June 12, 2012 at 8:38 am

    It is time to open the U.S. up to the world sugar market.

    American Crystal sugar is all for free enterprise except when it hurts them. They are the bullies.

  3. *Larry* Reply Report comment

    June 12, 2012 at 8:07 am

    American Crystal Sugar should replace those union workers, or should I refer to them as “Union Bullies” ! Unions used to serve a decent purpose in the U.S., but have sadly run amuck and turned into one of the largest bullying groups known to mankind. This is one of the main reasons so many industries have left the U.S. Unions are greedy bullies – plain & simple, and also forcing some cities into bankruptcy because of all their greedy demands.

    • Observer Reply Report comment

      June 12, 2012 at 9:09 am

      “This is one of the main reasons so many industries have left the U.S. Unions are greedy bullies – plain & simple…..”

      This is not correct. American companies move production to areas that have cheaper labour. The reason is, the competition from third world countries undermined our standard of living. In some cases, foreign countries dumped goods into the U.S. Those items were priced lower than the raw materials cost to produce them.

      All that was facilitated by the American Consumer, who wanted something cheaper. And history has so many cases of that, it is impossible to refute.

      Do not blame Organized Labour for that. Blame yourselves. You decided that the products you wanted were foreign. You decided to put your neighbor out of a job. You decided to subsidize a foreign economy, at the loss of your own country. It was you, who decided to allow foreign workers to perform labour in our country, continuing to lower labour rates for other American workers.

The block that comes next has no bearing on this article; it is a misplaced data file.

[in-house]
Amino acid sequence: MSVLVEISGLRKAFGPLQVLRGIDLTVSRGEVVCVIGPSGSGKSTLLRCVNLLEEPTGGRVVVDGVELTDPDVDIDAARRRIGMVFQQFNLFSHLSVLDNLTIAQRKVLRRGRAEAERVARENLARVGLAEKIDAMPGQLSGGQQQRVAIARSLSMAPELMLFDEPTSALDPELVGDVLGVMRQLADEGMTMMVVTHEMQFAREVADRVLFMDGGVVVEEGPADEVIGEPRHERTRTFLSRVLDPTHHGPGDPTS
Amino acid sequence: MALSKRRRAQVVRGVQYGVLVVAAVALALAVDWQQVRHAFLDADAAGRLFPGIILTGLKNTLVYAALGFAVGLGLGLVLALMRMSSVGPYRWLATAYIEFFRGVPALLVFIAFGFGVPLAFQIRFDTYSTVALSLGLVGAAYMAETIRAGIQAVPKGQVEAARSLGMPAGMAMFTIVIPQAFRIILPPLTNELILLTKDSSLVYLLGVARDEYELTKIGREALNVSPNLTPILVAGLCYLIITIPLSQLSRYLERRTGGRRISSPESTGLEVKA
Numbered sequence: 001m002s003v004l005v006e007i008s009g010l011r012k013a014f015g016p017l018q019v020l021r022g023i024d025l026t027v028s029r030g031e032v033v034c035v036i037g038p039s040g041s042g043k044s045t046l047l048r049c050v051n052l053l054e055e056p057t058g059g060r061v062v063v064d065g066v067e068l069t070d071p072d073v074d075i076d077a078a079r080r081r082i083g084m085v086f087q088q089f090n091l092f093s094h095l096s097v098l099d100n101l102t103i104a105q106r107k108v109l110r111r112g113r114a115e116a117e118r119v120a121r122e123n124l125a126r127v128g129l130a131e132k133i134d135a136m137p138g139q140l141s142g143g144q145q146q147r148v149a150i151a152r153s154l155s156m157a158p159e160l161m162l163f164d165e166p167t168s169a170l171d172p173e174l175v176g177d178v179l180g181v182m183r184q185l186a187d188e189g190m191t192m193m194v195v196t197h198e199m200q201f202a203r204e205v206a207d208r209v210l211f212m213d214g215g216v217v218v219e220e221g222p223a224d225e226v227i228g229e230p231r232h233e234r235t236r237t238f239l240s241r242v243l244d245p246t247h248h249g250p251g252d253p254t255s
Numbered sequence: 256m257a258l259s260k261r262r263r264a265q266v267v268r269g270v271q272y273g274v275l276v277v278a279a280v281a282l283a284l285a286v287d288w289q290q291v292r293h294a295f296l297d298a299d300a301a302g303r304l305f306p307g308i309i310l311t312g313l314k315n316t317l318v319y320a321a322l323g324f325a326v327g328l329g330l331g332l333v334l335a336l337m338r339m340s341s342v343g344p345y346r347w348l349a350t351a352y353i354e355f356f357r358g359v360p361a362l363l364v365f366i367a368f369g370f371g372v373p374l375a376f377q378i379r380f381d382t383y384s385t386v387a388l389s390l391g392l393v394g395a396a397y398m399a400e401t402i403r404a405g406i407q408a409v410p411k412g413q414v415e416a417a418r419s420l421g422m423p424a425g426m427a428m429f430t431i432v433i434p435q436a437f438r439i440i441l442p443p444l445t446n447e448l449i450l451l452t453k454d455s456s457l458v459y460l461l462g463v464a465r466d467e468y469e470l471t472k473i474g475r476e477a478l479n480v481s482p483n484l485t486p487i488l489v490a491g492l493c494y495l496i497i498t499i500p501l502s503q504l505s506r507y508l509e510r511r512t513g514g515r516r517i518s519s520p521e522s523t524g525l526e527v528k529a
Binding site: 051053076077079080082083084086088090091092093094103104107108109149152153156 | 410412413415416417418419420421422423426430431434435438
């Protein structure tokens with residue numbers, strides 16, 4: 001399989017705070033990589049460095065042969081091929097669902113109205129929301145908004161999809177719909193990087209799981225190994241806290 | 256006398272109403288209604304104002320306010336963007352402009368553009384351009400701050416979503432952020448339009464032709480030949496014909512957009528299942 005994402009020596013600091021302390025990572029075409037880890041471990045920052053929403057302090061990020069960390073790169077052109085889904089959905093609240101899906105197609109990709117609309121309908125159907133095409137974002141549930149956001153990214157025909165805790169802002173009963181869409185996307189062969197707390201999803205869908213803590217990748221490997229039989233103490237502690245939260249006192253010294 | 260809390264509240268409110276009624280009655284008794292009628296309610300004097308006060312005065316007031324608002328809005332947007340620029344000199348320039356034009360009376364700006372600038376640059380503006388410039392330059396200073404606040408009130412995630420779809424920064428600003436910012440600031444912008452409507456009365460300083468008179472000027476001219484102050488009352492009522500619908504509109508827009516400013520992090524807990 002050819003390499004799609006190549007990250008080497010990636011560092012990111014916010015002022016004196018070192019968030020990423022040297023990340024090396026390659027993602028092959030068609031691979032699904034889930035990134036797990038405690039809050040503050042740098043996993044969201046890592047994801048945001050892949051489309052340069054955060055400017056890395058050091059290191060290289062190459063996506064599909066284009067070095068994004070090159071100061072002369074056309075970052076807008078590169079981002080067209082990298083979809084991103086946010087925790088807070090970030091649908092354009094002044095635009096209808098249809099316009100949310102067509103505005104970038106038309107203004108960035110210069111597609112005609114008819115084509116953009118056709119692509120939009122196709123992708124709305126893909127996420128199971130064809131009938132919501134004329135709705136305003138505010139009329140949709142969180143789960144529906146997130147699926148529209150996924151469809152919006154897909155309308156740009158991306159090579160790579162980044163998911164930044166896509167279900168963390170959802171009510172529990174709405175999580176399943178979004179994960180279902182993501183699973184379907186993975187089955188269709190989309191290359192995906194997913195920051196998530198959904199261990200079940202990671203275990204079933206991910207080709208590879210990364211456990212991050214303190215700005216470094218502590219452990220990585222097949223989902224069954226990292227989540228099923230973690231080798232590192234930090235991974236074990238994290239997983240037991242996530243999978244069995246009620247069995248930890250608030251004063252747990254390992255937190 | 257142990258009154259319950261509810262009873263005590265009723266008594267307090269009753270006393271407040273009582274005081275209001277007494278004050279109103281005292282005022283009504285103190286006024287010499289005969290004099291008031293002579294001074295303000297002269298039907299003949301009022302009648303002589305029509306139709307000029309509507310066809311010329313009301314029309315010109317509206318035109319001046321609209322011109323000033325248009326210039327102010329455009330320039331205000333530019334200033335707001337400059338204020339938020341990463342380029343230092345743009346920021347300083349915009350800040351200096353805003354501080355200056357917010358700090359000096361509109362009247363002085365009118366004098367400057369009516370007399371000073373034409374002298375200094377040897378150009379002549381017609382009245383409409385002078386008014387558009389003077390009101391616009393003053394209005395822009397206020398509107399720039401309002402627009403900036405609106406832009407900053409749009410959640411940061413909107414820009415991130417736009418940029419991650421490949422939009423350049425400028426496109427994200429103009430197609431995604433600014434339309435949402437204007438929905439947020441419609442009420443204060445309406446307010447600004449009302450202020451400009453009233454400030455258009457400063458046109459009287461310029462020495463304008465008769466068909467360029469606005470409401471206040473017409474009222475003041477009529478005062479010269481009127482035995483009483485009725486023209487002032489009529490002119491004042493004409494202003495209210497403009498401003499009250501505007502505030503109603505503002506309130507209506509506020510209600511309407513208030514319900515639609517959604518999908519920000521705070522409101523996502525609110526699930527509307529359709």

Give credit where it is justly due, the American Consumer!

  4. HOG Rider Reply Report comment

    June 10, 2012 at 10:05 pm

    @Anonymous…I can assure you I am not jealous. Just speaking the facts that I know of. My experience with unions, is that members are protected for mediocre work. Those non-union workers don’t have that protection.

    And I would be glad to ride my HOG!

  5. John Reply Report comment

    June 10, 2012 at 5:48 pm

    I don’t have a pension, I have a 401K that I contributed to.

    Do the rest of you have a pension? This seems to be the black and white thing here. I could be wrong but it seems like that is it.

  6. HOG Rider Reply Report comment

    June 10, 2012 at 4:25 pm

    Glad to see the union demands were recognized for what they were – unrealsitic with today’s economy.

    Thank a union for one of the reasons your Alliant Energy bill is out of control.

    • Ha! Reply Report comment

      June 10, 2012 at 7:42 pm

      Amen, HOG Rider. Ride on brother.

      • HOG Rider Reply Report comment

        June 10, 2012 at 9:09 pm

        Im just saying unions dont mean the quality of the work is any better. Unions provide protection of good, bad or poor work quality. No reason for a union member to perform any better becuase they have job protection.

    • Anonymous Reply Report comment

      June 10, 2012 at 9:25 pm